$$\frac12 \sum_{k \in \mathbb{Z}} 2^{k+s} e^{-2^{k+s}}$$

where s = the fractional part of $\log_2 n$. (Note the terms of the sum decay rapidly both as $k \to \infty$ and $k \to -\infty$.)


OK, here is the argument.

For n ≥ 2, f(n, 2) is equal to the average value over all subsets S of {1, ..., n} of f(|S|, 2) (including S = {1, ..., n}). So we may imagine a process where we start with {1, ..., n} and at each step we pick a subset uniformly at random of our current subset. f(n, 2) is the probability that the last time before we hit the empty set, our set contained just one element.

Consider what happens to each element of {1, ..., n} in this process. At each stage, if it is still in our subset, we keep it with probability 1/2 and throw it out with probability 1/2. So, the probability that it remains after r steps is 2-r. Thus we have n independent variables X1, ..., Xn, each with this exponential distribution, and what we seek is the probability that among them there is a unique maximum.

We may express this probability as a sum over the value of this maximum r. The probability of this occurring for any given r is

$$n(2^{-r} - 2^{-(r+1)})(1 - 2^{-r})^n = \frac 12 n 2^{-r} (1 - 2^{-r})^n.$$

So, $$f(n,2) = \sum_{r \ge 0} \frac 12 n 2^{-r} (1 - 2^{-r})^n.$$

Write $r = \log_2 n + u$. Then the rth summand becomes

$$\frac 12 2^{-u} (1 - 2^{-u}/n)^n.$$

From here the derivation is not entirely rigorous, but as $n$ increases, this value is roughly

$$\frac 12 2^{-u} e^{-2^{-u}}.$$

Now u is varying over values of the form $r - \log_2 n$ for $r$ a nonnegative integer, so -u ranges over values of the form $k + s$, s = the fractional part of $\log_2 n$, for $-\infty < k \le \lfloor \log_2 n \rfloor$ an integer. As n goes to ∞, we obtain the entire sum shown at the top.

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My computations agree with this. –  Michael Lugo Jan 10 '10 at 0:34
    
But the exponent of $1-2^{-r} = 1 - 2^{-u}/n$ should be $n-1$, not $n$, right? I checked this for small $n$; it doesn't change the asymptotic oscillation but is needed to account for the discrepancy between the limiting oscillation and the numerical values for finite $n$. –  Noam D. Elkies Nov 13 '11 at 20:28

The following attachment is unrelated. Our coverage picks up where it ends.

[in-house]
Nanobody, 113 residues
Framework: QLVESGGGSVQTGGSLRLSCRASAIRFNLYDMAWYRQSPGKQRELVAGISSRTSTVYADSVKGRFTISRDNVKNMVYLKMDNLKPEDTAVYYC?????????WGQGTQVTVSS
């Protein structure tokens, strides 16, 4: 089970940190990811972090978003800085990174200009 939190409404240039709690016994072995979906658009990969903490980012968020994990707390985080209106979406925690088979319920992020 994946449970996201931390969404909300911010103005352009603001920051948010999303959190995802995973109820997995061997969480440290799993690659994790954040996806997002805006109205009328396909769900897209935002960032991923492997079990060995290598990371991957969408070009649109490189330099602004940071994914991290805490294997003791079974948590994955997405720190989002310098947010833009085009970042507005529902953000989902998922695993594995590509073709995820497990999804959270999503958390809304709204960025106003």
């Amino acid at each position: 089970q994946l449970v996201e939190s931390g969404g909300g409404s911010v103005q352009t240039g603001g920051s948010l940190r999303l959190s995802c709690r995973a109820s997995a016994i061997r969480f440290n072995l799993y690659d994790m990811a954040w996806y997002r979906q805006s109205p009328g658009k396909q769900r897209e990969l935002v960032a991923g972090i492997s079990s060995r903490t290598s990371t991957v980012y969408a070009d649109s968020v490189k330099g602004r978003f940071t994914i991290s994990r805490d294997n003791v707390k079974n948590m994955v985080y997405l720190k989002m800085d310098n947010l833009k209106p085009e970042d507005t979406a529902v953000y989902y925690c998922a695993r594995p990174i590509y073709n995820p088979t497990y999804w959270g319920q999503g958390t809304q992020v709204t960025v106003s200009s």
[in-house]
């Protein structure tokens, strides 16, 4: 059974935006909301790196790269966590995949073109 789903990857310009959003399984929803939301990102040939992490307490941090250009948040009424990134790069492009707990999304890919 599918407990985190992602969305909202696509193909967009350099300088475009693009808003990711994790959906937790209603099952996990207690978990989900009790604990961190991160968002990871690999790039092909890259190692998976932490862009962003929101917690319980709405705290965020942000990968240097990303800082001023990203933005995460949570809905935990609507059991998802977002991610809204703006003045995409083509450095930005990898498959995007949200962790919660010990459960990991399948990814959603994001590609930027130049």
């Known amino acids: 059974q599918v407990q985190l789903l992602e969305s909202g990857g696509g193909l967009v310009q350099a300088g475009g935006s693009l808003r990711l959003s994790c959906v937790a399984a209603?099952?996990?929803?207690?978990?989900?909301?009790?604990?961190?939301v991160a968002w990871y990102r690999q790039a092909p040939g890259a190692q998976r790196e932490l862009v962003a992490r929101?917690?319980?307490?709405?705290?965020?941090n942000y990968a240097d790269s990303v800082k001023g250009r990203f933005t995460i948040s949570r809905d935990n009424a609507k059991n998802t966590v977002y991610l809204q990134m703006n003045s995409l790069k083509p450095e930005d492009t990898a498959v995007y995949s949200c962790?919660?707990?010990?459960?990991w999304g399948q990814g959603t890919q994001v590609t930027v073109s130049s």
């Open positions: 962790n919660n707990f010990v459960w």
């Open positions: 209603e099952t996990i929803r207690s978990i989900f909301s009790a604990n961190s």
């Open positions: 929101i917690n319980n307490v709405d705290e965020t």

This is not rigorous, but I think it justifies Michael Lugo's observations that f diverges and the behavior is asymptotically log periodic.

To make the recursion more intuitive, note that f(n,k) is a weighted average of f(1,k)...f(n-1,k). The weight is roughly Gaussian, and it is concentrated near the mode of the binomial expansion of (a + b)^n where a=1/k and b=1-1/k, which happens at about the a^[n/k]b^(n-[n/k]) term, so the terms near f(n-[n/k],k) are heavily weighted.

The weight drops off rapidly away from the mode m=n-[n/k] as a normal distribution with standard deviation about sqrt(1/k (1-1/k))*sqrt(n).

Intuitively, the behavior should be similar to a continuous function satisfying

f(x) = average value of f on the interval [(1-1/k)x - c sqrt(x),(1-1/k)k + c sqrt(x)].

Fix t large. For x even larger, f(x) can then be expressed as a weighted average (convolution) of f on any interval from [t,t*k/(k-1)]. If you multiply x by k/k-1, then you convolve with a slightly wider function, but it's wider by an exponentially decreasing amount. Thus, the support doesn't spread out to cover all of [t,t*k/(k-1)], and it doesn't become invariant under the remainder when you divide log x by log k/(k-1).

That just says that some initial conditions would produce oscillations. It doesn't prove that these initial conditions would.

For t small, the interval [m +- c sqrt(x)] may wrap around [t,t*k/(k-1)], which explains why f almost becomes constant.

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Did this come from a backgammon problem, k=6, and you are rolling n dice and then rerolling when you don't get a 6? If it's the Tony Lezard from backgammon, please say hi to him for me. –  Douglas Zare Jan 10 '10 at 1:10

Douglas, hi, hope you're well. Not a backgammon problem this time but one arising out of a playground game my son was playing recently: n children each select at random one of the k corners of the playground and stand in it. A teacher randomly selects one of the corners and all the children in that corner are eliminated from the game. The game continues in this manner until all children are eliminated or there is a unique winner remaining. f(n,k) is the probability that the game will have a winner. In the actual example k was 4 and n was about 30, but I became interested in the asymptotic behaviour as n grows. I'm surprised that the consensus seems to be that f diverges. Plotting f(n,k) out to about n=1000 shows the log-periodic nature of f but the amplitude diminishes and it looks like it's settling down towards a limit. Hardly rigorous of course!